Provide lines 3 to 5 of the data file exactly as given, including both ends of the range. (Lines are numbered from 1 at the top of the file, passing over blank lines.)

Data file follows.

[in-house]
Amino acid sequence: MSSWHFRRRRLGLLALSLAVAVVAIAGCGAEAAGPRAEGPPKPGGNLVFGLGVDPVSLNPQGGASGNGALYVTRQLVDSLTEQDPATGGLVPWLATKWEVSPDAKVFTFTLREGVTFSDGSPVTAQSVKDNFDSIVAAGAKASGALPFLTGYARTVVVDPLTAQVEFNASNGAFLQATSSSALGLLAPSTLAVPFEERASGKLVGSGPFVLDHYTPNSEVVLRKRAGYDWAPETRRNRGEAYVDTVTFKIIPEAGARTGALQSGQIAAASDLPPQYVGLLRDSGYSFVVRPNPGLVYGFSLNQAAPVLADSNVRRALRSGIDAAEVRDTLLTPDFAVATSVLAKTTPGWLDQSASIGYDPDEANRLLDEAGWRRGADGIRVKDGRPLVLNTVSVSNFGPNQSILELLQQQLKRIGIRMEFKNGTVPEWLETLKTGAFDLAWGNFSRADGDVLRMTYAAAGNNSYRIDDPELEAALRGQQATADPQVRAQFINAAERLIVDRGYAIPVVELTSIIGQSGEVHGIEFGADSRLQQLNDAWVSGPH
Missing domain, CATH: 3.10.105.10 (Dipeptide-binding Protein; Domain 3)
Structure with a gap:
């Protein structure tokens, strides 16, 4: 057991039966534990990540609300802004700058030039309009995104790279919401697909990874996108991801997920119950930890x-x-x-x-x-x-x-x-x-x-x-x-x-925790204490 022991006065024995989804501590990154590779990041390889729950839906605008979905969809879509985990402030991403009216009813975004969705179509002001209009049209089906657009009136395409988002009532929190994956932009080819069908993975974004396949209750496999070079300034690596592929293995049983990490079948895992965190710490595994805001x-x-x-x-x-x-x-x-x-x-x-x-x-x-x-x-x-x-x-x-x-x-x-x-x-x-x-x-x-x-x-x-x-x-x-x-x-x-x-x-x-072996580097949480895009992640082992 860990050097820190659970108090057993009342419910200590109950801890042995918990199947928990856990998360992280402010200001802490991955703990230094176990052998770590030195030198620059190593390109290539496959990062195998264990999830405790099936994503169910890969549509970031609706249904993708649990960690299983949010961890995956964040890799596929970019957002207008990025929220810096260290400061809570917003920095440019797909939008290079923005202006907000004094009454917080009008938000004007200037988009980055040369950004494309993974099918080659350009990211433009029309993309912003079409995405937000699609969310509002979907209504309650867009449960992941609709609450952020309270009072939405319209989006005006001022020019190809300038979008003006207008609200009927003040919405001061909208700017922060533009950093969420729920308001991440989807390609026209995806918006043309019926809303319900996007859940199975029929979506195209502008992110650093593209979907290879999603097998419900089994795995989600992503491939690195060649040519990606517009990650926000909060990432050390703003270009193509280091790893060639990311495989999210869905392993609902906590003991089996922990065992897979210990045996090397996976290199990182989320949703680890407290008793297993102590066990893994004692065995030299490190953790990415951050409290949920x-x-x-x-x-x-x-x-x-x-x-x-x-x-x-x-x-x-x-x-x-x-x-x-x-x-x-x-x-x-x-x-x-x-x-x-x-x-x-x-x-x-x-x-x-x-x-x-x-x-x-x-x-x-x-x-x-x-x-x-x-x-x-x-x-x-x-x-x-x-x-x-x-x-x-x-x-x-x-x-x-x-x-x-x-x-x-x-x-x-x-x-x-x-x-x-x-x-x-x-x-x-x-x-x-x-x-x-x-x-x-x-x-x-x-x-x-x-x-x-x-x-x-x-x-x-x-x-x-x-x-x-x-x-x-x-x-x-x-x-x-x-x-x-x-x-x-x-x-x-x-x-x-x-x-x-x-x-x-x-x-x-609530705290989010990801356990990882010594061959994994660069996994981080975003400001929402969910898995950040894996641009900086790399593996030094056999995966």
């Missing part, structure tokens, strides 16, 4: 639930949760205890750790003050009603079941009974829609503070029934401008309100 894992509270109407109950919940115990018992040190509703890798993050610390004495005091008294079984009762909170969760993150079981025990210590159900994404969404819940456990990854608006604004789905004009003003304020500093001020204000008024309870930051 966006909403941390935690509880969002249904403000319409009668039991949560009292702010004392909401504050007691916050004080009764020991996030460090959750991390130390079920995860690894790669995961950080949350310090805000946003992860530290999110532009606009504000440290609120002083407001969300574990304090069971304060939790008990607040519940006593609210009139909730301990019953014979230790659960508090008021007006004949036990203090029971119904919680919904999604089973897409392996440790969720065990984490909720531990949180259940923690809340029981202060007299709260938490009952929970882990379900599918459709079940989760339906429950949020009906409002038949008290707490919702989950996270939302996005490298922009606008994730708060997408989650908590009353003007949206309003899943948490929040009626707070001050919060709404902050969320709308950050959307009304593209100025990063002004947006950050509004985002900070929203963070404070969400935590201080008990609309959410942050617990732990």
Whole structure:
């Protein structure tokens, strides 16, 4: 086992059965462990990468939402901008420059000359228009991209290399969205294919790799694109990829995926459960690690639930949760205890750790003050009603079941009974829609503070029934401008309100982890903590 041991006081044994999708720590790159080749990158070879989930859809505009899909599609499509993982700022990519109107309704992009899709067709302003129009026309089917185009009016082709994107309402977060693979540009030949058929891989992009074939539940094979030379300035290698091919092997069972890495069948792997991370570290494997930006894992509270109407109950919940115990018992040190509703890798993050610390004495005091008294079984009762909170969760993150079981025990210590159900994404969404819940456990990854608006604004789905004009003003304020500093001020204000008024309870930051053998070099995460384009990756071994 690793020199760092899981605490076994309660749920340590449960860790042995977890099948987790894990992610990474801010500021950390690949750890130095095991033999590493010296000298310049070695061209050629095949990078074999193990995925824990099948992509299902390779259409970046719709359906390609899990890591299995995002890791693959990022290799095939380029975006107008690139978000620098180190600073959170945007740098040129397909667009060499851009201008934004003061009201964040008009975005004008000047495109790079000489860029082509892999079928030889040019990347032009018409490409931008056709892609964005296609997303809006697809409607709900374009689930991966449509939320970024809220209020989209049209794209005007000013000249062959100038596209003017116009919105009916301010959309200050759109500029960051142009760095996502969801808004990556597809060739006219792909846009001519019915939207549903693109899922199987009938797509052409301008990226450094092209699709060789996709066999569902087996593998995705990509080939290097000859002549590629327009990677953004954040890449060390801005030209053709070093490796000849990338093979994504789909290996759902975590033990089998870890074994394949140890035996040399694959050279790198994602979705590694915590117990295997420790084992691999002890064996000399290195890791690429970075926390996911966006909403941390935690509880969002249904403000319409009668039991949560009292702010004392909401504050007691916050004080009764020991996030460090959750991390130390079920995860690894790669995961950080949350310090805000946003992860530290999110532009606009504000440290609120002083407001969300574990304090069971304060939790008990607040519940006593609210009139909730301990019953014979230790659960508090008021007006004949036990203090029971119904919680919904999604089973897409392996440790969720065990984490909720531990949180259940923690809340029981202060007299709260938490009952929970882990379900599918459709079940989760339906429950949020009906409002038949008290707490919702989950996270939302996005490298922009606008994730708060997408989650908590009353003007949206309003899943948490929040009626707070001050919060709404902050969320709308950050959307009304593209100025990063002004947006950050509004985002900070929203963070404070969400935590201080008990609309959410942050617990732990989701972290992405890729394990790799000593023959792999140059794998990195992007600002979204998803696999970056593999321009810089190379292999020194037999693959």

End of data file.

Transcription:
Missing domain, CATH: 3.10.105.10 (Dipeptide-binding Protein; Domain 3)
Structure with a gap:
């Protein structure tokens, strides 16, 4: 057991039966534990990540609300802004700058030039309009995104790279919401697909990874996108991801997920119950930890x-x-x-x-x-x-x-x-x-x-x-x-x-925790204490 022991006065024995989804501590990154590779990041390889729950839906605008979905969809879509985990402030991403009216009813975004969705179509002001209009049209089906657009009136395409988002009532929190994956932009080819069908993975974004396949209750496999070079300034690596592929293995049983990490079948895992965190710490595994805001x-x-x-x-x-x-x-x-x-x-x-x-x-x-x-x-x-x-x-x-x-x-x-x-x-x-x-x-x-x-x-x-x-x-x-x-x-x-x-x-x-072996580097949480895009992640082992 860990050097820190659970108090057993009342419910200590109950801890042995918990199947928990856990998360992280402010200001802490991955703990230094176990052998770590030195030198620059190593390109290539496959990062195998264990999830405790099936994503169910890969549509970031609706249904993708649990960690299983949010961890995956964040890799596929970019957002207008990025929220810096260290400061809570917003920095440019797909939008290079923005202006907000004094009454917080009008938000004007200037988009980055040369950004494309993974099918080659350009990211433009029309993309912003079409995405937000699609969310509002979907209504309650867009449960992941609709609450952020309270009072939405319209989006005006001022020019190809300038979008003006207008609200009927003040919405001061909208700017922060533009950093969420729920308001991440989807390609026209995806918006043309019926809303319900996007859940199975029929979506195209502008992110650093593209979907290879999603097998419900089994795995989600992503491939690195060649040519990606517009990650926000909060990432050390703003270009193509280091790893060639990311495989999210869905392993609902906590003991089996922990065992897979210990045996090397996976290199990182989320949703680890407290008793297993102590066990893994004692065995030299490190953790990415951050409290949920x-x-x-x-x-x-x-x-x-x-x-x-x-x-x-x-x-x-x-x-x-x-x-x-x-x-x-x-x-x-x-x-x-x-x-x-x-x-x-x-x-x-x-x-x-x-x-x-x-x-x-x-x-x-x-x-x-x-x-x-x-x-x-x-x-x-x-x-x-x-x-x-x-x-x-x-x-x-x-x-x-x-x-x-x-x-x-x-x-x-x-x-x-x-x-x-x-x-x-x-x-x-x-x-x-x-x-x-x-x-x-x-x-x-x-x-x-x-x-x-x-x-x-x-x-x-x-x-x-x-x-x-x-x-x-x-x-x-x-x-x-x-x-x-x-x-x-x-x-x-x-x-x-x-x-x-x-x-x-x-x-x-609530705290989010990801356990990882010594061959994994660069996994981080975003400001929402969910898995950040894996641009900086790399593996030094056999995966």